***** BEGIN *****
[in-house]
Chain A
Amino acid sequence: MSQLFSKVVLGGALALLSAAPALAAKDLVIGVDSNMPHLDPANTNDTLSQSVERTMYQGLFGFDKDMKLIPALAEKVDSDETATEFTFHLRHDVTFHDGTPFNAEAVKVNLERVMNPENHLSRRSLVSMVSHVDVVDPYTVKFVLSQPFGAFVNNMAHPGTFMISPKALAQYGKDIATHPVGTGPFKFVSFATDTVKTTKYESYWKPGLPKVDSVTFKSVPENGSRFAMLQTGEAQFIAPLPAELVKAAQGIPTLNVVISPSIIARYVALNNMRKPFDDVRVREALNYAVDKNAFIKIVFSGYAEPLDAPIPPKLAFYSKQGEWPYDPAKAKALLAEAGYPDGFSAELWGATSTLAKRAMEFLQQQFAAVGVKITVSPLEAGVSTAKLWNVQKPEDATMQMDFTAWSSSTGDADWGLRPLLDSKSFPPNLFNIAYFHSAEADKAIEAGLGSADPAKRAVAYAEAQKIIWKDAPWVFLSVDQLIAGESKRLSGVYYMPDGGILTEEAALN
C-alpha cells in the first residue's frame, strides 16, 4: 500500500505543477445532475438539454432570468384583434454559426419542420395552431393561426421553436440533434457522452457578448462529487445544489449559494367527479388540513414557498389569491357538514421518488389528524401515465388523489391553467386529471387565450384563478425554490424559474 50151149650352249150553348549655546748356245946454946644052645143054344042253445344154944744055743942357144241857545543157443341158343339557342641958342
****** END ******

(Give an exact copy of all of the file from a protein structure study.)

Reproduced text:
[in-house]
Chain A
Amino acid sequence: MSQLFSKVVLGGALALLSAAPALAAKDLVIGVDSNMPHLDPANTNDTLSQSVERTMYQGLFGFDKDMKLIPALAEKVDSDETATEFTFHLRHDVTFHDGTPFNAEAVKVNLERVMNPENHLSRRSLVSMVSHVDVVDPYTVKFVLSQPFGAFVNNMAHPGTFMISPKALAQYGKDIATHPVGTGPFKFVSFATDTVKTTKYESYWKPGLPKVDSVTFKSVPENGSRFAMLQTGEAQFIAPLPAELVKAAQGIPTLNVVISPSIIARYVALNNMRKPFDDVRVREALNYAVDKNAFIKIVFSGYAEPLDAPIPPKLAFYSKQGEWPYDPAKAKALLAEAGYPDGFSAELWGATSTLAKRAMEFLQQQFAAVGVKITVSPLEAGVSTAKLWNVQKPEDATMQMDFTAWSSSTGDADWGLRPLLDSKSFPPNLFNIAYFHSAEADKAIEAGLGSADPAKRAVAYAEAQKIIWKDAPWVFLSVDQLIAGESKRLSGVYYMPDGGILTEEAALN
C-alpha cells in the first residue's frame, strides 16, 4: 500500500505543477445532475438539454432570468384583434454559426419542420395552431393561426421553436440533434457522452457578448462529487445544489449559494367527479388540513414557498389569491357538514421518488389528524401515465388523489391553467386529471387565450384563478425554490424559474 50151149650352249150553348549655546748356245946454946644052645143054344042253445344154944744055743942357144241857545543157443341158343339557342641958342